WHILE IT is understandable that President George W. Bush and
his secretary of defense are receiving plaudits for the relatively swift military
victory in Iraq, the fact of the matter is that most of the credit for the
successful military operation should go to the Clinton administration.
As Secretary of Defense Donald Rumsfeld noted, the battle plan that led to
the American success was that of General Tommy Franks, an Army officer appointed
to head the Central Command by the Clinton administration. More important,
the military forces that executed that plan so boldly and bravely were for
the most part recruited, trained, and equipped by the Clinton administration.
The first Bush defense budget went into effect on Oct. 1, 2002, and none of
the funds in that budget have yet had an impact on the quality of the men and
women in the armed services, their readiness for combat, or the weapons they
used to obliterate the Iraqi forces.
Given the way that Bush and his surrogates disparaged Clinton’s approach to
the military in his 2000 campaign, this is ironic. The president and his advisers
claimed that Clinton had diminished the armed forces’ fighting edge by turning
them into social workers and sending them too often on ”useless” nation-building
exercises. These same people also claimed that Clinton had so underfunded the
military that it was in a condition similar to that which existed on the eve
of Pearl Harbor.
Speaking as someone who served under Clinton for six years in
the Navy until I retired, I would say that the military succeeded in spite
of the Clinton years. We had planes
that were not mission capable because we didn’t have money for parts or pilots
couldn’t get their flight hours in because of lack of funding for AVGAS while
top ranking civilians in the Pentagon went out spending thousands of dollars
on meals. Because the number of ships had been so drastically reduced we were
going on more deployments and spending less and less time with our families.
During the declining years of Bush-41 years they were looking
for the peace dividend as the result of the victory in the cold war, so the
there but it greatly increased during the Clinton years. I don’t remember
one military program or weapons system that Clinton spearheaded to put through,
I don’t remember one speech encouraging the congress to fully support the military
in funding. Many of the people put in charge in the civilian side of the military
had no direct military experience and their policies showed it.
I also experienced
the social engineering that went on and the silliness of paperwork that we
to fill out. I actually had to sign a page 13 in my service record specifying
that I would obey the two man rule when going out on liberty. I was on the
first carrier outfitted to go to sea with a mixed crew. We were not allowed
to mention problems. We were not to talk to reporters about this implementation.
There were so many women being taken off the ship and flown back because they
were pregnant that our ship became a joke in the Norfolk papers. I remember
seeing one editorial cartoon where there was a stork flying over the flight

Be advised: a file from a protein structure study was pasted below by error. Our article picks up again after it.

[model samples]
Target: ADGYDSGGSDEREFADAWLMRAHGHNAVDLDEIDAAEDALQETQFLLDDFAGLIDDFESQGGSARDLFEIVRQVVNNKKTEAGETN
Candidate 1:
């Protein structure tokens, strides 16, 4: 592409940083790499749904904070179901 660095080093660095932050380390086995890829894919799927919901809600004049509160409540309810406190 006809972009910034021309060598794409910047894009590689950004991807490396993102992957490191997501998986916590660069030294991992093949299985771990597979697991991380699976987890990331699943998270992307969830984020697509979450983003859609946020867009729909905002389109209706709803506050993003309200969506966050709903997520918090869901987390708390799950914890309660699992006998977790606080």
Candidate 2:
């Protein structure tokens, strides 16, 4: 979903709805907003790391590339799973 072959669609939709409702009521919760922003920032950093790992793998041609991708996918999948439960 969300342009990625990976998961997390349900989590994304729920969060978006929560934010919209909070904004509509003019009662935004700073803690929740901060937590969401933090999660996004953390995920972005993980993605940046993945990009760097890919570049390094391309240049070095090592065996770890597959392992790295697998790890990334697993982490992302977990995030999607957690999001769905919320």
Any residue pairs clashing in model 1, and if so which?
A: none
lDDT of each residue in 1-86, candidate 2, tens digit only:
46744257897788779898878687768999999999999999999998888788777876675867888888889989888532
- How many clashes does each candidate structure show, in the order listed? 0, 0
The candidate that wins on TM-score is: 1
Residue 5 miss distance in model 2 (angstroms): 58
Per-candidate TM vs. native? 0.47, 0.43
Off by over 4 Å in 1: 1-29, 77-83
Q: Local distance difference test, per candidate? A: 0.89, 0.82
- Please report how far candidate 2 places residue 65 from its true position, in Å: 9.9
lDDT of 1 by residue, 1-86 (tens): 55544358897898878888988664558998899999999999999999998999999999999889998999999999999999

deck and the radioman says "Captain, the stork is asking permission to land."
They even started to strip the urinals out of heads on carriers in the name
of gender equality. There were also two physical standards, one for men and
one for women when in came to physical readiness testing, yet in a emergency
require every crewman to be able to lug out a P-250 dewatering pump or to carry
a shipmate up a vertical ladder if they were injured. But politically these
untouchable and there was no one we could complain to, the party line was be
quiet and bear it.
And why is it that the people who claim the military as Clinton’s
don’t also claim the FBI and CIA that blew so many chances in possibly preventing
9-11, but I guess I just answered my own question. I also think that President
Bush should have fired both of these directors, especially George Tenant. In
many ways the caliber of the people in the military does not rely on what political
party is currently in charge. I served under Presidents Carter, Reagan, Bush
and Clinton and even with the vast differences in Presidents, it did not affect
the positive can-do attitude
of the people in the military. But the people in those leadership positions
does greatly affect the support given them.
Pundit Cache of the Day
Mark Byron asks “what is church” and explores attendance and related issues. Meanwhile Davie D. looks at church attendance in Canada, and it’s not good. Jacobse blogs about “My Big Fat Greek Wedding.” David Holford posts on Christians in
I was wondering if you knew whether any changes were in the offing, or do you think that, even with a Republican, pro-military administration, ideology (PC) will continue to take precedence over the hard truths revealed by your experience.
As far as I can tell, PC still prevails. Once some things are instituted it is almost impossible to irradicate. But at least it doesn’t look like it is increasing and some things are better, especially having more experienced people in the chain of command that don’t treat the military as their own private play thing.
I concur with Jeff. Bush will not revisit prior dumb PC moves, simple because it’s not politically expedient to do so. Were I his political advisor, I would tell him to stay far away from the topic.